Iran reportedly test-fires 9 missiles


A video grab from Al Alam television showing three of nine missiles being fired during a test in Iran on Wednesday. (Iran television via Reuters)

PARIS: One day after threatening to strike Israeli and U.S. interests if attacked, the Iranian Revolutionary Guards were reported Wednesday to have test-fired nine missiles, including one that Tehran claims has the range to reach Israel.

State-run media, quoted by Western news agencies, said the tests near the Strait of Hormuz included long- and medium-range missiles, among them a new version of the Shahab-3, which Tehran maintains can hit targets 2,000 kilometers, or 1,250 miles, away.

The reported tests coincide with increasingly tense negotiations over Tehran’s nuclear program, which Iran says is for civilian purposes but which many Western governments suspect is meant for building nuclear weapons.

At the same time, U.S. and British warships have been conducting naval maneuvers in the Gulf – apparently within range of the launch site of the missiles tested Wednesday.

Israel insisted it did not want war with Iran. “Israel has no desire for conflict or hostilities with Iran,” said Mark Regev, a spokesman for Prime Minister Ehud Olmert. “But the Iranian nuclear program and the Iranian ballistic missile program must be of grave concern to the entire international community.”The missile tests drew a sharp response Wednesday from the United States.

Gordon Johndroe, the deputy White House press secretary, said in a statement at the Group of 8 summit meeting in Japan that Iran’s development of ballistic missiles was a violation of United Nations Security Council resolutions.

“The Iranian regime only furthers the isolation of the Iranian people from the international community when it engages in this sort of activity,” Johndroe said.

He urged Iran to “refrain from further missile tests if they truly seek to gain the trust of the world. The Iranians should stop the development of ballistic missiles which could be used as a delivery vehicle for a potential nuclear weapon immediately.”

The missile tests were reported after the Group of 8 leaders urged Iran to suspend uranium enrichment. Moreover, Iran displayed its military capability just a day after the United States and the Czech Republic signed an accord to allow the Pentagon to deploy part of its controversial ballistic missile shield, which Washington maintains is designed in part to protect against Iranian missiles.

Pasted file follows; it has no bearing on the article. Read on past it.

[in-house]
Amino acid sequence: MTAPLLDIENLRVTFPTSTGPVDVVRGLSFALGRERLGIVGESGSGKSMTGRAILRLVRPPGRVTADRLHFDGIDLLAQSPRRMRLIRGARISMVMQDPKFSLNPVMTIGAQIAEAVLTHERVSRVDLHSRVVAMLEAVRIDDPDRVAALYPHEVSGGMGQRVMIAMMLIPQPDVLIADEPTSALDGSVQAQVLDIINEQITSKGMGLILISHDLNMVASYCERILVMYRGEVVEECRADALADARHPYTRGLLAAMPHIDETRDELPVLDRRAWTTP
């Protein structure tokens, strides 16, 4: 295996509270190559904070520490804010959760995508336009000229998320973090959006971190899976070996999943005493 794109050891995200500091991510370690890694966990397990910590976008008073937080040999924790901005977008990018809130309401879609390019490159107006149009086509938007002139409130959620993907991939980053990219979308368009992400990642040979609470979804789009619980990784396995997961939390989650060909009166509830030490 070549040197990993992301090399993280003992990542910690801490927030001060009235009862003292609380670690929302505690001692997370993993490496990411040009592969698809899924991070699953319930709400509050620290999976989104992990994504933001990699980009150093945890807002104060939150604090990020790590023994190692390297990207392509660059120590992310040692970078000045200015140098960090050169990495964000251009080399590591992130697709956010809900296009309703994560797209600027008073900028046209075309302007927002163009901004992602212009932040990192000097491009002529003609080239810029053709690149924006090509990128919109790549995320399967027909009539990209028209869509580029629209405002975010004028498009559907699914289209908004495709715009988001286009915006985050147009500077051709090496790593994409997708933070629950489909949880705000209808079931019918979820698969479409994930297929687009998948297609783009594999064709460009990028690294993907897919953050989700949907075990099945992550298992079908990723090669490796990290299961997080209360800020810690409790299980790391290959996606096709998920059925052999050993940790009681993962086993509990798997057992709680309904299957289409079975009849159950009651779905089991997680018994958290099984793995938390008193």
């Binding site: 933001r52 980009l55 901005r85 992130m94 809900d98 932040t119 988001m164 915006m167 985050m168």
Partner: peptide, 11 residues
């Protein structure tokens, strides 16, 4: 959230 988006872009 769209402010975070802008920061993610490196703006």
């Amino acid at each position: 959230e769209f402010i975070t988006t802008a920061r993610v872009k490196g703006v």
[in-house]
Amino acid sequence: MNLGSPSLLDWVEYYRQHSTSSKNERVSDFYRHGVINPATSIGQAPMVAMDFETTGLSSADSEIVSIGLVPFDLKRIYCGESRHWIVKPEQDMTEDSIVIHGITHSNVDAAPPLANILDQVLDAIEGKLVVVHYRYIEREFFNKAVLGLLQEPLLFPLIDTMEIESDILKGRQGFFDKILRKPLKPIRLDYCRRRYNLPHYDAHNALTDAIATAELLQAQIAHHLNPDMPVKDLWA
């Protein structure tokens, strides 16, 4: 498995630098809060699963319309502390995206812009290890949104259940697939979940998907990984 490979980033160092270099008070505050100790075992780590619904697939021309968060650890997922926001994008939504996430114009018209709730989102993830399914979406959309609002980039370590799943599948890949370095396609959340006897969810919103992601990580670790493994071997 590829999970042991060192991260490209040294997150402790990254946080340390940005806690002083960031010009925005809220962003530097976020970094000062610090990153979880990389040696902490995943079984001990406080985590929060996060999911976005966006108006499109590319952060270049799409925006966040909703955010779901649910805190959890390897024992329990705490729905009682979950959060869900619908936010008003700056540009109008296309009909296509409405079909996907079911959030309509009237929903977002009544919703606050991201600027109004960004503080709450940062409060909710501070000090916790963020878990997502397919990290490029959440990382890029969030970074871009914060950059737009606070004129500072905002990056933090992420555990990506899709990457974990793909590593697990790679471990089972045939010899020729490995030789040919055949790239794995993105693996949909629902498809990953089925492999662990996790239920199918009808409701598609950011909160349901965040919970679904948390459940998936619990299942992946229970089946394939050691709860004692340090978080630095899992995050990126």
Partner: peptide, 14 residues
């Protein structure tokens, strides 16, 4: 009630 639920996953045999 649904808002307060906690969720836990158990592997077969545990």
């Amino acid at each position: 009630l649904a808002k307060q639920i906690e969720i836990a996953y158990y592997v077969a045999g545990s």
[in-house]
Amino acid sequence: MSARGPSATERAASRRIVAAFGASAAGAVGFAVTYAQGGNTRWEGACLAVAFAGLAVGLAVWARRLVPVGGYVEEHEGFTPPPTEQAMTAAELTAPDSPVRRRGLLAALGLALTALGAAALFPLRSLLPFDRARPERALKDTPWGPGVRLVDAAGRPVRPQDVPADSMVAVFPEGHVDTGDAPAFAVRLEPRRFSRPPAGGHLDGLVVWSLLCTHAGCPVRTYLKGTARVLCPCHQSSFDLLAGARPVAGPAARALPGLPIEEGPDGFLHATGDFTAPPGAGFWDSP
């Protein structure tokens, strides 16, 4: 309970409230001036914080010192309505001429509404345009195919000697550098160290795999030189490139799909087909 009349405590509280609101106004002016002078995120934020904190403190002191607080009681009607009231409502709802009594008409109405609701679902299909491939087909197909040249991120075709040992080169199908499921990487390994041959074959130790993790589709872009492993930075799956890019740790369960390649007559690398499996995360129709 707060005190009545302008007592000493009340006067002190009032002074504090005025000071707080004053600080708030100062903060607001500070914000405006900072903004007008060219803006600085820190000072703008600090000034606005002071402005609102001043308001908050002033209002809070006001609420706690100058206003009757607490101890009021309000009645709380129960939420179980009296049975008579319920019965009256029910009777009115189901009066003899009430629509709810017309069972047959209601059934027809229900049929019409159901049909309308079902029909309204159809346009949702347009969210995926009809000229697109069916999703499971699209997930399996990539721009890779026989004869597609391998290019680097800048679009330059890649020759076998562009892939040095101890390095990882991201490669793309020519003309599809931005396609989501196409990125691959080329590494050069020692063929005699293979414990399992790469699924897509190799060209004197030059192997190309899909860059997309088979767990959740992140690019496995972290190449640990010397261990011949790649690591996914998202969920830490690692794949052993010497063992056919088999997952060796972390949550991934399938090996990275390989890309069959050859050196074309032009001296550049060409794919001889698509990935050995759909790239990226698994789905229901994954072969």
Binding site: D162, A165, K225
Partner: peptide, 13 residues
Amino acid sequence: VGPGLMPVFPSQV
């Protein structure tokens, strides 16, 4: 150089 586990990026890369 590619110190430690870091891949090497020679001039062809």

Press TV, the 24-hour English-language Iranian satellite channel, showed what was said to be the Shahab-3 missile rising amid clouds of dust from a desert launch site Wednesday.

Hossein Salami, a commander of the Revolutionary Guards, was quoted as saying: “The aim of these war games is to show we are ready to defend the integrity of the Iranian nation.”

“Our missiles are ready for shooting at any place and any time, quickly and with accuracy,” he said. “The enemy must not repeat its mistakes. The enemy targets are under surveillance.”

The missile tests also followed remarks by a senior Iranian official who was quoted Tuesday as warning the United States against attacking Iran.

“In case that they commit such foolishness, Tel Aviv and the U.S. fleet in the Persian Gulf would be the first targets to burst into flames receiving Iran’s crushing response,” said Ali Shirazi, a representative of Ayatollah Ali Khamenei, Iran’s supreme leader, according to the Iranian news agency.

The Iranian news agency Fars has reported on recent military maneuvers by the Revolutionary Guards to improve “combat capability.”

However, the signals have not been universally hostile. Fars quoted Manouchehr Mottaki, the foreign minister of Iran, as saying that negotiations were in a “new environment.” He held out the possibility of improved relations with the United States, which have been tense and acrimonious since the Islamic revolution in 1979.

Myra Noveck contributed reporting from Jerusalem, and Sheryl Gay Stolberg from Rusutsu, Japan.

By Alan Cowell
Published: July 9, 2008

Source: International Herald Tribune

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